If Asteroid Strikes, It Won’t Be Impact That Kills
NASA's asteroid hunters explain the effects of a major strike on Earth.
In the unlikely event that a large asteroid smashes into Earth, you probably won’t be engulfed in a ball of flames or drowned in a massive tsunami.
But that’s the only good news.
It’s more like the wind — and the resulting shockwave of the explosion— that will cause most humans’ demises, according to a recently published analysis in the journal Geophysical Research Letters and flagged by Vox.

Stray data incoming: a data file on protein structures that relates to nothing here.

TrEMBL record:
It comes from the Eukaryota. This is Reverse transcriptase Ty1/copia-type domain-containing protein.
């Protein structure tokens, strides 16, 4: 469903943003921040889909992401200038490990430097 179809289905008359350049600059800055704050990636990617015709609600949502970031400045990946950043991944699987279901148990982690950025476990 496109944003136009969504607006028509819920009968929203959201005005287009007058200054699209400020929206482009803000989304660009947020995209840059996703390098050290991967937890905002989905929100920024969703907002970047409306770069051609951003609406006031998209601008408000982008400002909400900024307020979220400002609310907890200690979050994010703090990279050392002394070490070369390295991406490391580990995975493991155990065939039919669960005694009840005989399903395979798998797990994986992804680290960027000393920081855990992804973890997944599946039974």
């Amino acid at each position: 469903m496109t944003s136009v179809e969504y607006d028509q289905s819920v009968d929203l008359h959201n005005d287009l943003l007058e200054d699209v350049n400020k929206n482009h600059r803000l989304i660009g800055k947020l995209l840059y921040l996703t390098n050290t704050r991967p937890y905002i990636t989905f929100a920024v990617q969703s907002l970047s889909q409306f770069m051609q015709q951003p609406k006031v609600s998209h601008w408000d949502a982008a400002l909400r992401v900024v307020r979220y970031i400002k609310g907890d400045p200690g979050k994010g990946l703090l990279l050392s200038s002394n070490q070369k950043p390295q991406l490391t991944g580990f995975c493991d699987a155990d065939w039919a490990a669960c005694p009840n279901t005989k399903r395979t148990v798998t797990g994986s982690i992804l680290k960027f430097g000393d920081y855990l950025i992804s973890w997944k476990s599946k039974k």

“Effects such as cratering, seismic shaking and ejecta deposition (i.e., ejected debris) provide only a minor contribution to overall loss,” the study authors wrote.
The effects of gusting wind and surging temperatures would be joined by pressure waves, New Scientist points out, which could rupture organs.
But a cataclysmic event of that scale isn’t likely to happen anytime soon — it’s for future generations to be concerned about.
“You have to think about the risk in terms of it’s not a risk to a person or a city, but a risk to humanity,” Eric Christensen, one of NASA’s asteroid hunters, told Vox. Smaller asteroid strikes are more likely, Vox reports, and the statistical probability is on people’s side.
“Ninety-eight percent of the planet is unpopulated or very sparsely populated,” Christensen said.
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